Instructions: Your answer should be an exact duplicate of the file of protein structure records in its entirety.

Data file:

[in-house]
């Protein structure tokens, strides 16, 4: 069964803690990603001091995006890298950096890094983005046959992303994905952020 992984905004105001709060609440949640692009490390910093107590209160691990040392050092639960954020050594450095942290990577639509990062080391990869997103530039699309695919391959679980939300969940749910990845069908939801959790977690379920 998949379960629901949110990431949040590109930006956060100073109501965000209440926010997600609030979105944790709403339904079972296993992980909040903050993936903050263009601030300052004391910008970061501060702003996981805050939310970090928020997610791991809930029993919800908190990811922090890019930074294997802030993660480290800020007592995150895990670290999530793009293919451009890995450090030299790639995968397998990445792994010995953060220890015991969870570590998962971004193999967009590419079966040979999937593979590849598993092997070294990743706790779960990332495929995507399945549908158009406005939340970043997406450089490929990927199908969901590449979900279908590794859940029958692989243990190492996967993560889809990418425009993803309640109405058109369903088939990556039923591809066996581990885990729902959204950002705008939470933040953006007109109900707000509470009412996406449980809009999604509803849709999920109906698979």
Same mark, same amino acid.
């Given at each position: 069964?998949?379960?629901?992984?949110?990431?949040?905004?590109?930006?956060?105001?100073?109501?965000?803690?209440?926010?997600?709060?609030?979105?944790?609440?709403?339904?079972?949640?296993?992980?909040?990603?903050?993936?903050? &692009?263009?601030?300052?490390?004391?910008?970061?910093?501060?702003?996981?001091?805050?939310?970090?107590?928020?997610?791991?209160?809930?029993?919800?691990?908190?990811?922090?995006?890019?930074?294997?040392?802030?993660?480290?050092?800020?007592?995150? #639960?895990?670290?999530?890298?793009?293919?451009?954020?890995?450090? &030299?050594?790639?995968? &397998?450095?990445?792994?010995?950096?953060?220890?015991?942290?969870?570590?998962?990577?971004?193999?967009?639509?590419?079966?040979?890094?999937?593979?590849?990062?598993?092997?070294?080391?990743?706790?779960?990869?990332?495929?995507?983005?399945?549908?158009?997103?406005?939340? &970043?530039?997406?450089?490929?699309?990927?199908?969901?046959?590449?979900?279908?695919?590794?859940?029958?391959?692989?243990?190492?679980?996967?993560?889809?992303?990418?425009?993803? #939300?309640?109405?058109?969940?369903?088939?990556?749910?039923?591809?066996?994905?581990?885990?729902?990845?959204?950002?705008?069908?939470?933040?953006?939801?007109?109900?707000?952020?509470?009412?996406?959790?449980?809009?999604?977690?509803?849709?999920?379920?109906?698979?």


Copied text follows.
[in-house]
């Protein structure tokens, strides 16, 4: 069964803690990603001091995006890298950096890094983005046959992303994905952020 992984905004105001709060609440949640692009490390910093107590209160691990040392050092639960954020050594450095942290990577639509990062080391990869997103530039699309695919391959679980939300969940749910990845069908939801959790977690379920 998949379960629901949110990431949040590109930006956060100073109501965000209440926010997600609030979105944790709403339904079972296993992980909040903050993936903050263009601030300052004391910008970061501060702003996981805050939310970090928020997610791991809930029993919800908190990811922090890019930074294997802030993660480290800020007592995150895990670290999530793009293919451009890995450090030299790639995968397998990445792994010995953060220890015991969870570590998962971004193999967009590419079966040979999937593979590849598993092997070294990743706790779960990332495929995507399945549908158009406005939340970043997406450089490929990927199908969901590449979900279908590794859940029958692989243990190492996967993560889809990418425009993803309640109405058109369903088939990556039923591809066996581990885990729902959204950002705008939470933040953006007109109900707000509470009412996406449980809009999604509803849709999920109906698979």
Same mark, same amino acid.
């Given at each position: 069964?998949?379960?629901?992984?949110?990431?949040?905004?590109?930006?956060?105001?100073?109501?965000?803690?209440?926010?997600?709060?609030?979105?944790?609440?709403?339904?079972?949640?296993?992980?909040?990603?903050?993936?903050? &692009?263009?601030?300052?490390?004391?910008?970061?910093?501060?702003?996981?001091?805050?939310?970090?107590?928020?997610?791991?209160?809930?029993?919800?691990?908190?990811?922090?995006?890019?930074?294997?040392?802030?993660?480290?050092?800020?007592?995150? #639960?895990?670290?999530?890298?793009?293919?451009?954020?890995?450090? &030299?050594?790639?995968? &397998?450095?990445?792994?010995?950096?953060?220890?015991?942290?969870?570590?998962?990577?971004?193999?967009?639509?590419?079966?040979?890094?999937?593979?590849?990062?598993?092997?070294?080391?990743?706790?779960?990869?990332?495929?995507?983005?399945?549908?158009?997103?406005?939340? &970043?530039?997406?450089?490929?699309?990927?199908?969901?046959?590449?979900?279908?695919?590794?859940?029958?391959?692989?243990?190492?679980?996967?993560?889809?992303?990418?425009?993803? #939300?309640?109405?058109?969940?369903?088939?990556?749910?039923?591809?066996?994905?581990?885990?729902?990845?959204?950002?705008?069908?939470?933040?953006?939801?007109?109900?707000?952020?509470?009412?996406?959790?449980?809009?999604?977690?509803?849709?999920?379920?109906?698979?």